From 1955 to 1960, he was a colonel stationed at the Pentagon. He said he was aware of a UFO controlling committee made up primarily of very high-ranking military officers and intelligence people. His nickname for this group was "The Unholy Thirteen".
Exon's knowledge of the Roswell events was primarily second-hand. Except for his later fly-over the crash area and the later operations out of W-P when he was C/O, Exon disclaimed direct knowledge. He said he never saw the actual Roswell crash material, but was told the result of testing by other personnel involved. Likewise for the recovery and shipment of bodies. However, Exon did emphasize that he was told these things by men who were directly involved and whom he knew well and trusted. He mentioned knowing some of the photographers who photographed the sites.
How the Roswell crash would have been handled and how it would have been covered up seems to be largely speculative, based on his knowledge of how the government and military chain of command would have functioned under the circumstances. And seemingly he knew only indirectly of the UFO control group while he was at the Pentagon.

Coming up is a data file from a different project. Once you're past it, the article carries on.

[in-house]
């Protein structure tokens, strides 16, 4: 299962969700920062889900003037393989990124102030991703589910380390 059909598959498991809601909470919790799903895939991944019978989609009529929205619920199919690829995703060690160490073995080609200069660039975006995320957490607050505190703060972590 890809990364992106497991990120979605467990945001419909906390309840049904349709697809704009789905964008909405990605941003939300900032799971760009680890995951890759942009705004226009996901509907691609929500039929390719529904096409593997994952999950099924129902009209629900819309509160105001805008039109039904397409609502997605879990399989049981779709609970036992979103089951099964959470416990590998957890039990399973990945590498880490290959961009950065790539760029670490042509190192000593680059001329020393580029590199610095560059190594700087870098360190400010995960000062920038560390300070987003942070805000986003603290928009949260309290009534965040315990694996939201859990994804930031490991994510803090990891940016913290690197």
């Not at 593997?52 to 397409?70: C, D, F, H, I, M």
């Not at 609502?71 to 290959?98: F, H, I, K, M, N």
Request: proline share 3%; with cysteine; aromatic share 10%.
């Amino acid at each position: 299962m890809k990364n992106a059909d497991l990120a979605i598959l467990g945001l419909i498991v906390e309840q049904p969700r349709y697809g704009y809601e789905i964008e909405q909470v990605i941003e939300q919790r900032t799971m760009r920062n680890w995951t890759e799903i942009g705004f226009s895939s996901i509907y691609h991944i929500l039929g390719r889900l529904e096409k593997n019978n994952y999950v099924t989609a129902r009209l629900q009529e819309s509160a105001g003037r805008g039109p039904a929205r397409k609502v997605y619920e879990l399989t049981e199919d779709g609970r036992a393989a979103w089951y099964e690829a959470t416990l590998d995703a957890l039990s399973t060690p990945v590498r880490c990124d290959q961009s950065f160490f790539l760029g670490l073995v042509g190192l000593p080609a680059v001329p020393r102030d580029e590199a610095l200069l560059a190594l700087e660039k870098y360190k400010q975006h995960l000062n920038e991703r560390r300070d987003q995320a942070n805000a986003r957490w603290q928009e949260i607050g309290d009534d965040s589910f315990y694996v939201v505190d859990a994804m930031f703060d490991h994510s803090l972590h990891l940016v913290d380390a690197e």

||22 July 2005
World War II veteran:
- Recipient of the second highest award for courage, the Distinguished Service Cross.
- A P-40 fighter pilot, he flew 135 combat missions, for 325 combat hours, in Africa, Sicily, Corsica, Italy, & Southern France.
He became a Brigadier-General, United States Air Force. He was stationed at Wright-Patterson Air Force base in 1947. From 1948 - 1951, he was assigned to the Air Materiel Command Headquarters.
From 1964 - 1966, he was the Commander of Wright-Patterson AFB.
Social Security Number 485-12-6873
He is also famous for his knowledge of the wreckage of the 1947 Roswell, New Mexico UFO crash. He believed that it was extra-terrestrial.
||Riverside, CA, USA
||25 July 2005
Riverside National Cemetery
Plot: Section 17 - Site 393